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Life Outside

Visits Letters and Phone Calls

Each prison is different, it has different categories of prisoners, it is built in a different way and Governors are Kings of their own Castles.  So each Prison interprets the rules in a different way.  I can only tell you what happened to me.  I found that visits, letters and phone calls were my life line.  If I had had some phone cards I could have wished my children Merry Christmas on the big day, instead I was locked away.


Except for prisoners on The Block, all prisoners are entitled to visits.  See The Regime to view the entitlement.  Most prisons start new inmates on Standard Regime.  Visitors cannot just turn up at the Prison Gates and expect to see you, they can only visit you if you have invited them.  Note special rules apply to remand prisoners.

You will need to ask for a VO form from your Wing or Landing Officer.  In my prison the inmate filled in the form, put it in the envelope addressed to the person invited and then you post the envelope with it unsealed.   The Wing Officer or a member of his staff should stamp the VO form to indicate that the visit is authorized.

Each invitation is good for 3 adults and as many children under 18 that are happy to stand up.  If you try taking a class full I am sure the Prison will object and some do put a limit on the number of children.  The invitation has to give the name and address of one of the adults and that adult must come to the prison otherwise the invitation is invalid.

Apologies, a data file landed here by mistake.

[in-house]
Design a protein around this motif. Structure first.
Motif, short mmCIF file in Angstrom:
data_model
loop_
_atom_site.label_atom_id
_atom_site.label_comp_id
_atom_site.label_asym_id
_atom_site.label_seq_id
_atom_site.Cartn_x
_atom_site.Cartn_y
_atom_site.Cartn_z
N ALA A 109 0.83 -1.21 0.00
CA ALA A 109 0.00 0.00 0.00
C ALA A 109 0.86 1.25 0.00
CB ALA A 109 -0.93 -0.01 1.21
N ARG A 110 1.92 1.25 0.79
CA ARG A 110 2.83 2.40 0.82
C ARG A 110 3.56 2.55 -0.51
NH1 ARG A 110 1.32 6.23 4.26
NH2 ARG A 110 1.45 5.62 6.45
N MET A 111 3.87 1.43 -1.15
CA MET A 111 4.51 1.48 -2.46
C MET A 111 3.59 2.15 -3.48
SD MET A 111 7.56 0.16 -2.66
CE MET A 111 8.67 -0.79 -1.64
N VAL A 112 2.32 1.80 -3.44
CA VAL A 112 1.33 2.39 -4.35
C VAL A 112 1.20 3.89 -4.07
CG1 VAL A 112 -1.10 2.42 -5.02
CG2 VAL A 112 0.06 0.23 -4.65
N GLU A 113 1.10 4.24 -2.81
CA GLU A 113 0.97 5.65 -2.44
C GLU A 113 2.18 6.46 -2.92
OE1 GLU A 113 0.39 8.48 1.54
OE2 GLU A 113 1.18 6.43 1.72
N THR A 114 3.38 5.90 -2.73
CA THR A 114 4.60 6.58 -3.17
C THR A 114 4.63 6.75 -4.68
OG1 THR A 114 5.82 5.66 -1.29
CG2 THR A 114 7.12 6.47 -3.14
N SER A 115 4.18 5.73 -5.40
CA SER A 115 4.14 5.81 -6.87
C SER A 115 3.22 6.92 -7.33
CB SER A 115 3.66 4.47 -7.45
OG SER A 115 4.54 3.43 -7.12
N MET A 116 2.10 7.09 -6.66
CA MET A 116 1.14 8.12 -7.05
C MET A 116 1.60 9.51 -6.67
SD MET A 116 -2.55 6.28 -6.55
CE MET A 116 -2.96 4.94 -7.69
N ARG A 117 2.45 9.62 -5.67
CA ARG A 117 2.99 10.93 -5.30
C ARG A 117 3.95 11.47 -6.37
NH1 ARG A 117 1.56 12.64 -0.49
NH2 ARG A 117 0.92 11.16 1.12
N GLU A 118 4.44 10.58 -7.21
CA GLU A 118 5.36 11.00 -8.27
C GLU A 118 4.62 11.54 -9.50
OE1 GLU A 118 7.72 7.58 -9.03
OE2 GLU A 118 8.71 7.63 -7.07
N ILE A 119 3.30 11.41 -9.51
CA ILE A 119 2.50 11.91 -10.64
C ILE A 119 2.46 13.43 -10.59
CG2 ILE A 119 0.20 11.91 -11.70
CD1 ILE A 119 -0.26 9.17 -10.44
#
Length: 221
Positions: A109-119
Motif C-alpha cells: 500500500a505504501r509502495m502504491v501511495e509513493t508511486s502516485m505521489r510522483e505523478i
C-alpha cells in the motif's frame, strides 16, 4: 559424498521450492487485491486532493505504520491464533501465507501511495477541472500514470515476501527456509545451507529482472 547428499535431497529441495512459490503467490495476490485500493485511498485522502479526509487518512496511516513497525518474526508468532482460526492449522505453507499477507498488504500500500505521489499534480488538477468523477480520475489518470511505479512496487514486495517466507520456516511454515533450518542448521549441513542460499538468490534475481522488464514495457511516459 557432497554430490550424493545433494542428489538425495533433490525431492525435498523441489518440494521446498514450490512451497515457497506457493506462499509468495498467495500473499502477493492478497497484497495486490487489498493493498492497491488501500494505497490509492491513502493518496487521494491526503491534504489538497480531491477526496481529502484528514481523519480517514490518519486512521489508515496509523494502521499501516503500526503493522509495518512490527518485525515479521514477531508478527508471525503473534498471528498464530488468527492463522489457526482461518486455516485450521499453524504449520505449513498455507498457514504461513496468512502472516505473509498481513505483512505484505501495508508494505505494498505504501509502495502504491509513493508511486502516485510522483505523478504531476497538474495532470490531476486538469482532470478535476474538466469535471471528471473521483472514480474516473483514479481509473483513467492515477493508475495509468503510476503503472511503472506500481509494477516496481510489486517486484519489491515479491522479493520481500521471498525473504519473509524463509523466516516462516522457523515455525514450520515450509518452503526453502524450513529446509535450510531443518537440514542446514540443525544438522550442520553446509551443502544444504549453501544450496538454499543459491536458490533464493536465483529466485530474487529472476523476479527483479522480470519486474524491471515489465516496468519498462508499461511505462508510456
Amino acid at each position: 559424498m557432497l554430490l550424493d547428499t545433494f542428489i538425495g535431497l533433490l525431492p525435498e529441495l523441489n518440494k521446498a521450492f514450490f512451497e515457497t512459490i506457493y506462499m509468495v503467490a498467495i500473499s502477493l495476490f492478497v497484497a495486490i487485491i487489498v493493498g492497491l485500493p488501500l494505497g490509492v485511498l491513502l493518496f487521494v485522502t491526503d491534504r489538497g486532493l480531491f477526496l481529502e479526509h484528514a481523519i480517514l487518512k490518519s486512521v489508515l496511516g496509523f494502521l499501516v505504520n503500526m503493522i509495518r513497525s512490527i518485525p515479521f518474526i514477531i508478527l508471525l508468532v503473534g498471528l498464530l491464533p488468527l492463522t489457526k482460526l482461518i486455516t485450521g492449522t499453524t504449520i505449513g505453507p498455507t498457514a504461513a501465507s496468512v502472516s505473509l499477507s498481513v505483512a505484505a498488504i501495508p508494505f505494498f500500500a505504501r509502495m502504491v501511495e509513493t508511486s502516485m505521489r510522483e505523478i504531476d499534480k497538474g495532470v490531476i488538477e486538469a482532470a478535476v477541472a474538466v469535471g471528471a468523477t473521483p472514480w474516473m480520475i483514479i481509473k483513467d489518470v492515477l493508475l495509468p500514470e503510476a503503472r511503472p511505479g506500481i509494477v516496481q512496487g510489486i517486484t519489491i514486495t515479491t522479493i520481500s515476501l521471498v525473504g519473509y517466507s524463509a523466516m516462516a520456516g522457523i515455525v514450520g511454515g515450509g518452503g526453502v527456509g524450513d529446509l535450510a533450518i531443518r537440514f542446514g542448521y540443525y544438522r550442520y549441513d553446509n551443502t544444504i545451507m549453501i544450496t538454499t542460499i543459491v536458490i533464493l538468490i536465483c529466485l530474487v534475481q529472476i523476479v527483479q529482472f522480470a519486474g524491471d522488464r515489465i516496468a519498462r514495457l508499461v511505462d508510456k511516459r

Note:  Even if you get to Prison near the end of the month you are still entitled to a complete month's value of visits.  Use them all if you can.

Many Prisons operate a booking system but that is for the visitor to organize.

When the visit is due you will be advised and have to attend the visitors center.  You will be searched and this can include an internal body search.  Some Prisons do a drug and alcohol test after visits.  Most Prisons will not allow too much body contact but young children seem exempt from this restriction.


You are encouraged to write home and keep in touch.  The Prison Service has realised that inmates who can do this are less likely to return.  Each Sunday you will receive one letter which will be posted at public expense this comprises one envelope and one sheet of paper.  The letter will go second class though you can buy extra stamps to top it up to first class.  In most prisons you will have to leave your letters open and they are liable to be read by Prison Staff.  Incoming letters are almost always opened and read and the stamps removed just in case the sender has hidden drugs under the stamps.

You cannot have stamps sent into the prison.

Write the full Prisoner Number and surname on the envelope.

Some Prisons seem to restrict what can be sent into Prison in an envelope.  One man was sent a Football Programme - it was confiscated and he never saw it again.  I was sent a magazine and I actually received it.  Why the difference I will never know.

Phone Calls

You will be allowed to make phone calls but only using the Prison telephone cards.  Normal phone cards will not work inside.   The price per minute reflects the cost of providing the service so for local calls the cost is more expensive but for long distance somewhat cheaper. 

Phone calls can be monitored by Prison staff and if your conduct or language falls below certain standards then your right to use phones could be discontinued.  Making threatening phone calls to the wife you have just assaulted is not a good idea. 

Phone cards can be bought from the Canteen at 2 each.

Phone cards quickly become the currency of the Prison.  If you want to buy extra tobacco from inmates, or drugs or alcohol then the trade is done in Phone Cards.  Many fights start because of non-payment of debts.  Don't lend or borrow - a good practice for survival in prison.